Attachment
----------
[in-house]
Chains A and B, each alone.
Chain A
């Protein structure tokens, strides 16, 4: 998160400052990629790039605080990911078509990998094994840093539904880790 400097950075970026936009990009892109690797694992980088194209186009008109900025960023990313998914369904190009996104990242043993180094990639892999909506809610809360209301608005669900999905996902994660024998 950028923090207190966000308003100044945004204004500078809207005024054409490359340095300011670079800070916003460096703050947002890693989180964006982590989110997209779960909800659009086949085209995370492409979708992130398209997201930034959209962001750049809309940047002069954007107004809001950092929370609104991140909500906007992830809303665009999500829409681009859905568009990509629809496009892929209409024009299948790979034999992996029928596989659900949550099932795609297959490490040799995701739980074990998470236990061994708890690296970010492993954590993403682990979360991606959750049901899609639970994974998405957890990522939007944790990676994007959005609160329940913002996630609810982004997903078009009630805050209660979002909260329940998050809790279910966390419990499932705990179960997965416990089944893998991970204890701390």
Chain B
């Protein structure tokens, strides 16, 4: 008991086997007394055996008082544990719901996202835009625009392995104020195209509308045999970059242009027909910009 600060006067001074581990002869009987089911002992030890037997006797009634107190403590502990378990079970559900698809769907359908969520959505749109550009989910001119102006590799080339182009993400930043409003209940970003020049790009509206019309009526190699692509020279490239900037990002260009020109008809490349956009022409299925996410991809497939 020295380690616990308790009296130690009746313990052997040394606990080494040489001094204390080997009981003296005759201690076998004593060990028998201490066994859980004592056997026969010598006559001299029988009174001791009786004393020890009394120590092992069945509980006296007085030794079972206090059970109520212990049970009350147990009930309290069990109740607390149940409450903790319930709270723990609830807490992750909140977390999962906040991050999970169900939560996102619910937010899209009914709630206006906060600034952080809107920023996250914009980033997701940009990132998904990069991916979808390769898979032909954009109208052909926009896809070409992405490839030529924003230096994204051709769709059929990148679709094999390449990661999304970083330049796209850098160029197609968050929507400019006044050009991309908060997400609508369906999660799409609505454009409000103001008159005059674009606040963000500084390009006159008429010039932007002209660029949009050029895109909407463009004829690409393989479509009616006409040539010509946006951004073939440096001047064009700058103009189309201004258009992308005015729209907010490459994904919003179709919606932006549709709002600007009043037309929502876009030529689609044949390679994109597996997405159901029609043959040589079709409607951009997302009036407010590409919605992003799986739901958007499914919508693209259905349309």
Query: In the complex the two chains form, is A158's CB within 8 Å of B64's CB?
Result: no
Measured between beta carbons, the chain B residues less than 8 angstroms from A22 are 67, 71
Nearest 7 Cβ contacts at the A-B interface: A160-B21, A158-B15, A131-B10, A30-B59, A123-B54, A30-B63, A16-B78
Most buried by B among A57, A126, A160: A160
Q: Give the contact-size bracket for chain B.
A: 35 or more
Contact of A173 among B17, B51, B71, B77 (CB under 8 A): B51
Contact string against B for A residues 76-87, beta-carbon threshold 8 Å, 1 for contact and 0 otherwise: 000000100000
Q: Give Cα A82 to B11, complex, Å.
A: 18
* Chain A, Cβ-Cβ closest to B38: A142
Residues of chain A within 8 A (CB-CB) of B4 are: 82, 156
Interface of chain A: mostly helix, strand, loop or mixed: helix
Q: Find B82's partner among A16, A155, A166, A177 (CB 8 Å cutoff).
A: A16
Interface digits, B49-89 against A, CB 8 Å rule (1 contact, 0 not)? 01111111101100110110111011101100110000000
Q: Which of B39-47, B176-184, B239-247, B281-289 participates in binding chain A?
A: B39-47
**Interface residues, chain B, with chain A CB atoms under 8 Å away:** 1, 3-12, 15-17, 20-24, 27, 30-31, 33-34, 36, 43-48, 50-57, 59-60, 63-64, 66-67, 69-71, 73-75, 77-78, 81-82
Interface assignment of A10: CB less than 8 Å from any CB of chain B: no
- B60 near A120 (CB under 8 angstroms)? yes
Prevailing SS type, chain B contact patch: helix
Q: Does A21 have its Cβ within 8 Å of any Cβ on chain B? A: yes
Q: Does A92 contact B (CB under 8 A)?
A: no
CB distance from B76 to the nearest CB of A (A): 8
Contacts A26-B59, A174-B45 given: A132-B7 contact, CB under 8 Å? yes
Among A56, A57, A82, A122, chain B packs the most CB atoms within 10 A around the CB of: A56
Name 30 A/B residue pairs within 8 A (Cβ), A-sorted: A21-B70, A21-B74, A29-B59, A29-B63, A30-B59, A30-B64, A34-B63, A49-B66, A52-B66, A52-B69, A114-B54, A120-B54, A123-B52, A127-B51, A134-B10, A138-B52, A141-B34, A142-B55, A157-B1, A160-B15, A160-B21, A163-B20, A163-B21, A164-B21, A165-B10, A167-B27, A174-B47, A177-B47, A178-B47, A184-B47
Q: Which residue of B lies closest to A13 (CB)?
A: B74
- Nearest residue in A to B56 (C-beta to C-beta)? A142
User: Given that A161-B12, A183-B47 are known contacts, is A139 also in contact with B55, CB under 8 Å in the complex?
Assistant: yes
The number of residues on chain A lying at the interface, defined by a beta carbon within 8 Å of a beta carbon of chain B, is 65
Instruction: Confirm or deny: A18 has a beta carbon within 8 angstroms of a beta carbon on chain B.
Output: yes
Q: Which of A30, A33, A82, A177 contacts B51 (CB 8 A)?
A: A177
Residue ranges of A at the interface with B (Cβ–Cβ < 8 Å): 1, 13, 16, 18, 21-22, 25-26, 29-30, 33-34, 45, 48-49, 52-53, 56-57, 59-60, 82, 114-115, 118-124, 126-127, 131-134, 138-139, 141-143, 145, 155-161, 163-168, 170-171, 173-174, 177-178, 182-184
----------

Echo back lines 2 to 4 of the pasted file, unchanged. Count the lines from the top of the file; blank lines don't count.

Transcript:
Chains A and B, each alone.
Chain A
């Protein structure tokens, strides 16, 4: 998160400052990629790039605080990911078509990998094994840093539904880790 400097950075970026936009990009892109690797694992980088194209186009008109900025960023990313998914369904190009996104990242043993180094990639892999909506809610809360209301608005669900999905996902994660024998 950028923090207190966000308003100044945004204004500078809207005024054409490359340095300011670079800070916003460096703050947002890693989180964006982590989110997209779960909800659009086949085209995370492409979708992130398209997201930034959209962001750049809309940047002069954007107004809001950092929370609104991140909500906007992830809303665009999500829409681009859905568009990509629809496009892929209409024009299948790979034999992996029928596989659900949550099932795609297959490490040799995701739980074990998470236990061994708890690296970010492993954590993403682990979360991606959750049901899609639970994974998405957890990522939007944790990676994007959005609160329940913002996630609810982004997903078009009630805050209660979002909260329940998050809790279910966390419990499932705990179960997965416990089944893998991970204890701390």